Thinking Aloud - An idea for making computer RPGs more accessible

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Black Dragon
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Thinking Aloud - An idea for making computer RPGs more accessible

Post by willpell » Sun Aug 05, 2018 8:05 pm

When I'm online listening to podcasts or something, and I need a mindless activity to keep my eyes and fingers busy, I have yet to find a better one than playing "2048" over and over. But I'm not writing just to ask for a better use for my spare time; I'd be perfectly capable of figuring it out on my own if I really cared enough to bother looking. Instead, I'm going to explore an idea that just occurred to me, with regard to one of things I wish I could be doing instead. Having come to the public library so that I can access the Internet, where all the media I don't currently own (automatically more interesting to me than anything I do have home access to, courtesy of the Greener Grass Effect) is at my fingertips for as long as they're open, I find myself sitting here and wishing that I could play Final Fantasy V, which I have on my home computer. Even if there was a way to play it online for free while keeping the sound off, I'd be unable to maintain my own party and make progress in character-building, unless I logged into some sort of user account, which I wouldn't want to do for the sake of a trivial amusement like this. The game is boring both at the beginning, when you haven't learned any Jobs yet and your characters can't do anything but Fight or Use Item (and they have almost no items, including only basic weapons which aren't even fun to look at when you swing them), and also at the end, when you have mastered so many Abilities and learned so many Magic spells and such, and become so godly powerful in general that you can destroy virtually any enemy, while at the same time the enemies you're up against are so deadly dangerous that they still pose a threat to you, meaning that you basically end up needing to "cheat" somehow or else just play "rocket tag" until you end up with a TPK. Neither of these playstyles are very appealing to me; all the fun is in the midgame, where you're progressing toward a self-chosen goal of mastering the particular Jobs you've chosen to focus on, achieving one landmark after another as you progress through the storyline, and choosing how you want to overcome obstacles that aren't possible to simply brute-force your way past. All of this requires a level of investment which pretty much precludes the kind of zero-investment stuff I want to do while listening. Kind of a catch-22, right?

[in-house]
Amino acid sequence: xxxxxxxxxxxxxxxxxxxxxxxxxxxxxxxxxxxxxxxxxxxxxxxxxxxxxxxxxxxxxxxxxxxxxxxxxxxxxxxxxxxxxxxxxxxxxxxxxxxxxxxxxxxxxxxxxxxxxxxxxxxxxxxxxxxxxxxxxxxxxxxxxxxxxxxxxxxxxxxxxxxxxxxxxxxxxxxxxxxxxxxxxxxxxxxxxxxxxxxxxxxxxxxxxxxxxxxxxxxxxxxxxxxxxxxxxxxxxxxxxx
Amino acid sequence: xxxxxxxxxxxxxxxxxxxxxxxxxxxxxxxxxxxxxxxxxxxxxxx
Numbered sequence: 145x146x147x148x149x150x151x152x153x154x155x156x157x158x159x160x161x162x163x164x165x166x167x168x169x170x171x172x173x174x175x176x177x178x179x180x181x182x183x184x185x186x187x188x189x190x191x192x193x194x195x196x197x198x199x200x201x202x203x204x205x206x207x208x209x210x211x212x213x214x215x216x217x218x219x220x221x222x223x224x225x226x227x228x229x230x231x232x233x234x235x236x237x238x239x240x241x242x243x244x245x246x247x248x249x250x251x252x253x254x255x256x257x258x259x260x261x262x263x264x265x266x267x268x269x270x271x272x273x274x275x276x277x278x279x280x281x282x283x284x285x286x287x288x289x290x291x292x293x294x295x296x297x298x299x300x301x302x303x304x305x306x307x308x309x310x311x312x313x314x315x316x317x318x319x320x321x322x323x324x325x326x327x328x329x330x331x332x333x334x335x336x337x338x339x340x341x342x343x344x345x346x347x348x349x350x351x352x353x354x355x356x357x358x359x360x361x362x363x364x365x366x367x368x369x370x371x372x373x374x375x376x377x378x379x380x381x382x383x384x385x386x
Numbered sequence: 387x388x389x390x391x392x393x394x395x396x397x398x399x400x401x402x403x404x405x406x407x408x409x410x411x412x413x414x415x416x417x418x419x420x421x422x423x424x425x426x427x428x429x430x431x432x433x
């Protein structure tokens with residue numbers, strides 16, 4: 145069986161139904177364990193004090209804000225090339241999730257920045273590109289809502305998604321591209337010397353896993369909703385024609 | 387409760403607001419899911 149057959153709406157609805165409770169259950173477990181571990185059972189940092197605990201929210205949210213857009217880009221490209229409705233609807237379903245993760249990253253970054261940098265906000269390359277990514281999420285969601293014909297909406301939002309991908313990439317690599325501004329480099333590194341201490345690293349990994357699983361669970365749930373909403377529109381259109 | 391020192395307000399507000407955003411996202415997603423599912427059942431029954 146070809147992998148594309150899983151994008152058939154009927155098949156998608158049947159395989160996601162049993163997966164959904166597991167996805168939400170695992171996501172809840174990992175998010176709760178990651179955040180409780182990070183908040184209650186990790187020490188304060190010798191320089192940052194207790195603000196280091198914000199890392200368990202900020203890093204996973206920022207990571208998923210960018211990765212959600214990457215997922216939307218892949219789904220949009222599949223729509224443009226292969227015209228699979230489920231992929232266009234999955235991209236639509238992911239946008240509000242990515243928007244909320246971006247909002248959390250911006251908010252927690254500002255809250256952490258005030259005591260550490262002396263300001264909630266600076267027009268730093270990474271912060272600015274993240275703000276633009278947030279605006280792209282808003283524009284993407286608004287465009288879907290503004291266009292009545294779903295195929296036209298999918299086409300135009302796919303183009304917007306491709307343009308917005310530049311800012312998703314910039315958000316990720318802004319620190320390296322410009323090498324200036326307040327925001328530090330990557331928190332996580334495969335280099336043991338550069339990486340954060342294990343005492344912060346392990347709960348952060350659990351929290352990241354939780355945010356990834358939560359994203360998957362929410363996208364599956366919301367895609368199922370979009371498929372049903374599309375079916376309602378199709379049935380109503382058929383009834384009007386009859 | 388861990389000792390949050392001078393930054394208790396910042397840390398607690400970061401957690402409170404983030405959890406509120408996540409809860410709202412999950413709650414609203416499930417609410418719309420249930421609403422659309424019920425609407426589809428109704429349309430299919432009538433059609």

The solution occurred to me, as a thing which could in theory exist, and transform the very robust combat system of a game like FFV into a "drop in and play" experience, which would be satisfying in the way that 2048 is, but much deeper and more multifaceted. The key would be to use a "challenge rating" type system, which in a pinch could just be Enemy Level as it exists within the game, with a small range above or below your party's own level to keep it from being entirely predictable. In this way, the computer could generate a party of characters, with some plausible randomly-selected set of Job Abilities and items and spells, and then also generate a group of enemies that appropriately fits that group's Level and amount of equipment. You could choose those levels with a few clicks, or let the computer serve up something totally random, and presto - you get to fight a battle without having to build up the game that it belongs to. No saving your game, no logging into an account, just get a random fight with a random party of characters, and figure out how best to make use of them. You could simulate the attrition effect of long-term play by having multiple fights back to back, or you could just soup up the enemies to be more potent, so that they resemble "boss" fights which are so deadly that you have to use every resource available to you, just to have a chance.

Maybe I'm reinventing the wheel here; it's entirely possible that exactly the thing I'm wishing for already exists, and I just don't know where to find it. More likely, maybe I'm the first person, and the last, to think this was a good idea. Whatever; I was proud of myself for coming up with a solution to my self-imposed problem, and I thought I'd share, just on the off chance anyone is interested. If not, well, I feel like I used my time well, explaining the idea to myself if not to anyone else. That's all for now; good day folks.

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